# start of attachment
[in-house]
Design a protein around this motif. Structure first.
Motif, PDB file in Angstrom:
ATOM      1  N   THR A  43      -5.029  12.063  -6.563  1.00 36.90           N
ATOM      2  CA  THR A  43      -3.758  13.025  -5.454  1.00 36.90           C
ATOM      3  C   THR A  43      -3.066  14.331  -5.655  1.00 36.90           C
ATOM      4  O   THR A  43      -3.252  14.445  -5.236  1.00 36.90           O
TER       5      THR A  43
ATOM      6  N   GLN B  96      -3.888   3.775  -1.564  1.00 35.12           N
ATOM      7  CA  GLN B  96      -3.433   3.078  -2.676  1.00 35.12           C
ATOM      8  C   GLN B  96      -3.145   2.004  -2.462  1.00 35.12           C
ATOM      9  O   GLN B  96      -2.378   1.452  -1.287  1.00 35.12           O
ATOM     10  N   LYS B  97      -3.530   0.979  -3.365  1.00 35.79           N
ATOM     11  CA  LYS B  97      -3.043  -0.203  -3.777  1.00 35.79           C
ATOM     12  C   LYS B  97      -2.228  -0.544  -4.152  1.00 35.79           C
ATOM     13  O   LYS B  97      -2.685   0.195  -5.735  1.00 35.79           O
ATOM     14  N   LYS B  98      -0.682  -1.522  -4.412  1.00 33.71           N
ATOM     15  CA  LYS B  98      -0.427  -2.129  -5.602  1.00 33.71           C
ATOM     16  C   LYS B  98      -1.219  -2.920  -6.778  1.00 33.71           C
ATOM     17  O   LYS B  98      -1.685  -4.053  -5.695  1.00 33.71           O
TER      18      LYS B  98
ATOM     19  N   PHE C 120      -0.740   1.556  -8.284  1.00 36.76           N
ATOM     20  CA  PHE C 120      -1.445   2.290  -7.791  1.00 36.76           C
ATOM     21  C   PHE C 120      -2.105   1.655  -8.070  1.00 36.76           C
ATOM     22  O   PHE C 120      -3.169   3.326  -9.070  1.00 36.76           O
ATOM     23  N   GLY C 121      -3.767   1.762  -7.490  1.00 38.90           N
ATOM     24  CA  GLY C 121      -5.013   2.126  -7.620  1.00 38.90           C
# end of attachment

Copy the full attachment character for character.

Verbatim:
[in-house]
Design a protein around this motif. Structure first.
Motif, PDB file in Angstrom:
ATOM      1  N   THR A  43      -5.029  12.063  -6.563  1.00 36.90           N
ATOM      2  CA  THR A  43      -3.758  13.025  -5.454  1.00 36.90           C
ATOM      3  C   THR A  43      -3.066  14.331  -5.655  1.00 36.90           C
ATOM      4  O   THR A  43      -3.252  14.445  -5.236  1.00 36.90           O
TER       5      THR A  43
ATOM      6  N   GLN B  96      -3.888   3.775  -1.564  1.00 35.12           N
ATOM      7  CA  GLN B  96      -3.433   3.078  -2.676  1.00 35.12           C
ATOM      8  C   GLN B  96      -3.145   2.004  -2.462  1.00 35.12           C
ATOM      9  O   GLN B  96      -2.378   1.452  -1.287  1.00 35.12           O
ATOM     10  N   LYS B  97      -3.530   0.979  -3.365  1.00 35.79           N
ATOM     11  CA  LYS B  97      -3.043  -0.203  -3.777  1.00 35.79           C
ATOM     12  C   LYS B  97      -2.228  -0.544  -4.152  1.00 35.79           C
ATOM     13  O   LYS B  97      -2.685   0.195  -5.735  1.00 35.79           O
ATOM     14  N   LYS B  98      -0.682  -1.522  -4.412  1.00 33.71           N
ATOM     15  CA  LYS B  98      -0.427  -2.129  -5.602  1.00 33.71           C
ATOM     16  C   LYS B  98      -1.219  -2.920  -6.778  1.00 33.71           C
ATOM     17  O   LYS B  98      -1.685  -4.053  -5.695  1.00 33.71           O
TER      18      LYS B  98
ATOM     19  N   PHE C 120      -0.740   1.556  -8.284  1.00 36.76           N
ATOM     20  CA  PHE C 120      -1.445   2.290  -7.791  1.00 36.76           C
ATOM     21  C   PHE C 120      -2.105   1.655  -8.070  1.00 36.76           C
ATOM     22  O   PHE C 120      -3.169   3.326  -9.070  1.00 36.76           O
ATOM     23  N   GLY C 121      -3.767   1.762  -7.490  1.00 38.90           N
ATOM     24  CA  GLY C 121      -5.013   2.126  -7.620  1.00 38.90           C